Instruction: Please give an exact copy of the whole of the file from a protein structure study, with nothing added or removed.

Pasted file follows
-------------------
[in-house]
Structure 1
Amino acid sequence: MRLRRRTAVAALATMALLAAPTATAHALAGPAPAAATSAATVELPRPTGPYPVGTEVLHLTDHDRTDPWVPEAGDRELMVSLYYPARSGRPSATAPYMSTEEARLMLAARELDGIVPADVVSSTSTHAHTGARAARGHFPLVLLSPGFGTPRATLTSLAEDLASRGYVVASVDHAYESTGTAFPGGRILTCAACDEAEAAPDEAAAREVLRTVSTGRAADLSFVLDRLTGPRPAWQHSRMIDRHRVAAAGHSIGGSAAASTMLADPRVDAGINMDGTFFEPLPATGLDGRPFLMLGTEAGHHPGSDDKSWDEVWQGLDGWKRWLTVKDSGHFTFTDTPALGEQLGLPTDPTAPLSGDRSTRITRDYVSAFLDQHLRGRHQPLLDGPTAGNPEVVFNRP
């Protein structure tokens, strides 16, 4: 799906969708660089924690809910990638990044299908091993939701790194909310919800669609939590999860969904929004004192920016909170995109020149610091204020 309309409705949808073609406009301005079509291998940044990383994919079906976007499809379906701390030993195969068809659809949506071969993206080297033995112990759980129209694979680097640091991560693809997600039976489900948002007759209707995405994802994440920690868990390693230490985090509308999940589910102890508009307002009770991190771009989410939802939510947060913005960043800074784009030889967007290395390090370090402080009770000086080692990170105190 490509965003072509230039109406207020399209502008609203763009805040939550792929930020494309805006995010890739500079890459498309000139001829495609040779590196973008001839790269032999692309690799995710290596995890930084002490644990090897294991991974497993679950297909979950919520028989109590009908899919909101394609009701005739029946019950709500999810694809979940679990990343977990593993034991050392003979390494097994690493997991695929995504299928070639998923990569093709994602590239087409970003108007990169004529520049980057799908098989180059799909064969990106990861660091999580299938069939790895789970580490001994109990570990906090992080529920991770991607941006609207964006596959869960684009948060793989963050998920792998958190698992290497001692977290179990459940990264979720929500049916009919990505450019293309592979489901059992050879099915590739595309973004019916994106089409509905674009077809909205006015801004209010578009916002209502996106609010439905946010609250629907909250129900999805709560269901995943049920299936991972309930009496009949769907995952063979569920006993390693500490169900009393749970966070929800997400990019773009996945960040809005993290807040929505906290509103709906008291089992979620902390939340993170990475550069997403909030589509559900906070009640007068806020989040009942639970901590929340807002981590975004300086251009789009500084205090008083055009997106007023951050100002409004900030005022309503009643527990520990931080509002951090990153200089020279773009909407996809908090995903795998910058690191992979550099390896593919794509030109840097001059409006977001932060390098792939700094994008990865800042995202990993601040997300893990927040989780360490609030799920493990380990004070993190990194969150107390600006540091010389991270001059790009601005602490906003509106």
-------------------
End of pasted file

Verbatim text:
[in-house]
Structure 1
Amino acid sequence: MRLRRRTAVAALATMALLAAPTATAHALAGPAPAAATSAATVELPRPTGPYPVGTEVLHLTDHDRTDPWVPEAGDRELMVSLYYPARSGRPSATAPYMSTEEARLMLAARELDGIVPADVVSSTSTHAHTGARAARGHFPLVLLSPGFGTPRATLTSLAEDLASRGYVVASVDHAYESTGTAFPGGRILTCAACDEAEAAPDEAAAREVLRTVSTGRAADLSFVLDRLTGPRPAWQHSRMIDRHRVAAAGHSIGGSAAASTMLADPRVDAGINMDGTFFEPLPATGLDGRPFLMLGTEAGHHPGSDDKSWDEVWQGLDGWKRWLTVKDSGHFTFTDTPALGEQLGLPTDPTAPLSGDRSTRITRDYVSAFLDQHLRGRHQPLLDGPTAGNPEVVFNRP
């Protein structure tokens, strides 16, 4: 799906969708660089924690809910990638990044299908091993939701790194909310919800669609939590999860969904929004004192920016909170995109020149610091204020 309309409705949808073609406009301005079509291998940044990383994919079906976007499809379906701390030993195969068809659809949506071969993206080297033995112990759980129209694979680097640091991560693809997600039976489900948002007759209707995405994802994440920690868990390693230490985090509308999940589910102890508009307002009770991190771009989410939802939510947060913005960043800074784009030889967007290395390090370090402080009770000086080692990170105190 490509965003072509230039109406207020399209502008609203763009805040939550792929930020494309805006995010890739500079890459498309000139001829495609040779590196973008001839790269032999692309690799995710290596995890930084002490644990090897294991991974497993679950297909979950919520028989109590009908899919909101394609009701005739029946019950709500999810694809979940679990990343977990593993034991050392003979390494097994690493997991695929995504299928070639998923990569093709994602590239087409970003108007990169004529520049980057799908098989180059799909064969990106990861660091999580299938069939790895789970580490001994109990570990906090992080529920991770991607941006609207964006596959869960684009948060793989963050998920792998958190698992290497001692977290179990459940990264979720929500049916009919990505450019293309592979489901059992050879099915590739595309973004019916994106089409509905674009077809909205006015801004209010578009916002209502996106609010439905946010609250629907909250129900999805709560269901995943049920299936991972309930009496009949769907995952063979569920006993390693500490169900009393749970966070929800997400990019773009996945960040809005993290807040929505906290509103709906008291089992979620902390939340993170990475550069997403909030589509559900906070009640007068806020989040009942639970901590929340807002981590975004300086251009789009500084205090008083055009997106007023951050100002409004900030005022309503009643527990520990931080509002951090990153200089020279773009909407996809908090995903795998910058690191992979550099390896593919794509030109840097001059409006977001932060390098792939700094994008990865800042995202990993601040997300893990927040989780360490609030799920493990380990004070993190990194969150107390600006540091010389991270001059790009601005602490906003509106």